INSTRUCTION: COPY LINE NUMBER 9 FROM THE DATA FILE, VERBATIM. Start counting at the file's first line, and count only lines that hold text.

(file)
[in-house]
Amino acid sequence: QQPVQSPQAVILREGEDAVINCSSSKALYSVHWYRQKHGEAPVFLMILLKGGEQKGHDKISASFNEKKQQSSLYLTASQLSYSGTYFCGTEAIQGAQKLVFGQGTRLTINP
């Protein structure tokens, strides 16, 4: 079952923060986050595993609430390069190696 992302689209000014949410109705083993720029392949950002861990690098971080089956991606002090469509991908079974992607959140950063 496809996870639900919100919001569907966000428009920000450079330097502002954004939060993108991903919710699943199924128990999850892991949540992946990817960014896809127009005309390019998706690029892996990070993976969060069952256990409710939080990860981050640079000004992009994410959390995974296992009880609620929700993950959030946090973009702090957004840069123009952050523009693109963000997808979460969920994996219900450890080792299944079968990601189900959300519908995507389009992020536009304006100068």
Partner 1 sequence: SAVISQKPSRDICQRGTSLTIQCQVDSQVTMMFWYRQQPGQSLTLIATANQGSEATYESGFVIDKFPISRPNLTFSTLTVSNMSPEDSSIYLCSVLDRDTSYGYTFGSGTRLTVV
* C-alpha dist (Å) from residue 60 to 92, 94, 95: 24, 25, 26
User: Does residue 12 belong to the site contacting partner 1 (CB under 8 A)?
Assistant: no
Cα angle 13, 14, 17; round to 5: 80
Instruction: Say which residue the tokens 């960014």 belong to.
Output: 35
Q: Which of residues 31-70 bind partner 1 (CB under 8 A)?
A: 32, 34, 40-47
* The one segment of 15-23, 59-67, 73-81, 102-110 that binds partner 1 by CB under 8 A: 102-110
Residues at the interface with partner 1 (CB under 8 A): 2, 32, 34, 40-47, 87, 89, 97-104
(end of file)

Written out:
Instruction: Say which residue the tokens 């960014």 belong to.